merits with God. You could even have a mass said by a priest for a dead person, to reduce their time in purgatory. The Reformers agreed that this was unbiblical. They both agreed that you didn’t receive justifying grace in the communion service. In fact, they agreed on most things. At issue between them was the idea of the “Real Presence”: was the bread and the wine used in the meal united to the real body and blood of Christ (Luther’s position), or were the bread and wine simply symbols (as Zwingli argued)? But in the end, Luther would not move on the Real Presence. He pointed to Jesus’ words, “This is my body,” recorded by Matthew, Mark, and Luke, and by Paul in 1 Corinthians 11:23–25. Surely, if you interpret the Bible in the literal sense, he said, you are committed to taking Jesus at his word here. The bread and wine are his body. He didn’t say “This symbolises my body.” And thus, the young Reformation movement was divided. From that moment on, Protestant Christians

have differed from one another on the Lord’s Supper in every conceivable way. How often should we celebrate it? Is it purely symbolic, or does it do more than that? Should it accompany an ordinary meal? Should church members come forward to receive it, or stay in their seats and pass it to one another? Should an authorised person say the words that explain and enact the Supper? Should we guard the table from unrepentant sinners, or should we allow people to exercise their own consciences? There are even some Protestants who argue that we shouldn’t celebrate it at all – that Jesus was in no way setting up a ceremonial meal of any kind. Why is there such heat in the issue? First, evangelical Christians are united in wanting to preserve the “alone”-ness in the gospel of justification by faith alone. What that means is that it is Christ’s death on the cross that saves a sinner, once for all, and that salvation is applied to us by the Holy Spirit by the means of faith and no other thing. No ritual action or good work does that – not even the meal that Jesus showed his disciples. The potential for people to misconstrue the Lord’s Supper as some kind of alternative to justification by faith is amply illustrated by the whole history of the medieval church. Second, the Lord’s Supper is one of those issues where theology and practice overlap. It concerns what we actually do when we meet together, which involves not only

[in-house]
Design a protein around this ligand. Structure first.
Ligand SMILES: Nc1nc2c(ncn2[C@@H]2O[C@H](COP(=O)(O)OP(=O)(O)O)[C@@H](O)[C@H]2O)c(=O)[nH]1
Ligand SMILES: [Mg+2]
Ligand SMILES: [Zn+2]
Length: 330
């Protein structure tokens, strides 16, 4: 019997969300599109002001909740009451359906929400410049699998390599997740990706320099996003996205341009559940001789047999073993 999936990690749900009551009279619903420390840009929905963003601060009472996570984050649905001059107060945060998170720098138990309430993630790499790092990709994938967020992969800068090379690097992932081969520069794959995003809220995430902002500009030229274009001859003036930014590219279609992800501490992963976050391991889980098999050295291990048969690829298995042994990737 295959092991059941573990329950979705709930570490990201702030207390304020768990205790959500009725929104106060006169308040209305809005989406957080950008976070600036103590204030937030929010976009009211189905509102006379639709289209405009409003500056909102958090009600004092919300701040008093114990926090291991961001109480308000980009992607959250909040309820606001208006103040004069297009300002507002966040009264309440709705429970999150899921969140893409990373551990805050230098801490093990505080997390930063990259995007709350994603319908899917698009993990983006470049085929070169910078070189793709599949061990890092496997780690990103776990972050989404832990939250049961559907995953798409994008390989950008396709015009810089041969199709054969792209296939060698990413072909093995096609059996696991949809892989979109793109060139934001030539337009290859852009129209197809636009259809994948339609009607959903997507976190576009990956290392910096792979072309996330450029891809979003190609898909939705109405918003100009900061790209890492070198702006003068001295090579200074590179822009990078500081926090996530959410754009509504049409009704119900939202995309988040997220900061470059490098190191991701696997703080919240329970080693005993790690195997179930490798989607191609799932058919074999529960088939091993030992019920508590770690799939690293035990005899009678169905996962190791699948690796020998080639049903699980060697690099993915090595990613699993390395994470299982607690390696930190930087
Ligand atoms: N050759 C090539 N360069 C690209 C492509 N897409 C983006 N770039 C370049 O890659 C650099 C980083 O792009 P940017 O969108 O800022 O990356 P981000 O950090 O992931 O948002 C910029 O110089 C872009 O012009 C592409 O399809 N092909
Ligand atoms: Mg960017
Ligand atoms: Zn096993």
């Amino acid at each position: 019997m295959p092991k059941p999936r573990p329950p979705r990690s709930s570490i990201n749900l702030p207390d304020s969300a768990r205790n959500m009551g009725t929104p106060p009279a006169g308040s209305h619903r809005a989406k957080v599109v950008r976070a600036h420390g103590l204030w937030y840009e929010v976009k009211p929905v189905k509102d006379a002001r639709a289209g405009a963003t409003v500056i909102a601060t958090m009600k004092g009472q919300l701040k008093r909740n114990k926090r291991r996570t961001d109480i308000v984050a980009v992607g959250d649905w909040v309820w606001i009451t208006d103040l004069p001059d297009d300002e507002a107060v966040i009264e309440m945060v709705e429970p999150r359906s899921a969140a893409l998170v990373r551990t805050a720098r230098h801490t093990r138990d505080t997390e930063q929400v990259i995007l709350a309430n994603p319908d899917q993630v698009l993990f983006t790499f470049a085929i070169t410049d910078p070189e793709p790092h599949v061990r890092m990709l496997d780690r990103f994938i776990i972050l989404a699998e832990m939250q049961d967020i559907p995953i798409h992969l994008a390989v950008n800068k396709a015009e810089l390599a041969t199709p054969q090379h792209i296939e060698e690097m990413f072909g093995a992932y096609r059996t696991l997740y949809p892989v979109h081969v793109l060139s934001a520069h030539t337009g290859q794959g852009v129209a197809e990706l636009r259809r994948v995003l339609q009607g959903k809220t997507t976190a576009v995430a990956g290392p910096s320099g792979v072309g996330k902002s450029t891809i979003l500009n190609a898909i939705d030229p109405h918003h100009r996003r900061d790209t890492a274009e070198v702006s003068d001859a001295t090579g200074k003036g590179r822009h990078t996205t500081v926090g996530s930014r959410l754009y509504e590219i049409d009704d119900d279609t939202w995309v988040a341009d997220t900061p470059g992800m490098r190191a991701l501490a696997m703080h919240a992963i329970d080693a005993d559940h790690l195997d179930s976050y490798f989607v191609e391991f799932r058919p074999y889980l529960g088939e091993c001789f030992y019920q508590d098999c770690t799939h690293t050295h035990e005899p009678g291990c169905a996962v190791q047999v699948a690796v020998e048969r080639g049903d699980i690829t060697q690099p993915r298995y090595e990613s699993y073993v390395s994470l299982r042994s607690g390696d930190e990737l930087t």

theological convictions, but habits, and traditions, and aesthetics. Changing what happens at the Lord’s Supper is a bit like moving the furniture around in your home. We become irrationally attached to the familiar. So, where does that leave us as Christians wanting to be faithful to Christ and to the Scriptures? It is to these we need to turn in order to gain a bit of clarity. We can say six things with confidence (though I am sure someone will disagree somewhere!) First, when the early Christians met, they recalled and to some degree reenacted the meal that Jesus ate with his disciples on the night before he was betrayed. That’s the scene that Paul is referring to in 1 Corinthians 11:17–33. Of course, he’s complaining about how it is badly done, so that we get a sideways glance at what early Christians did through Paul’s criticism. Secondly, the Lord’s Supper is an occasion for giving thanks to God for his gifts of food and drink, but also for his gift of his son. Paul is quite particular about recalling Jesus giving thanks to God before he breaks the bread and passes the cup around. Thirdly, at that original meal Jesus had taken bread and wine and had spoken of them as symbols of his own body and blood, which would be given in death. This happened at a Passover meal, in which the idea of the death of the lamb in the place of the first-born sons of Israel is remembered. Jesus’ death was to be “for you” in the sense of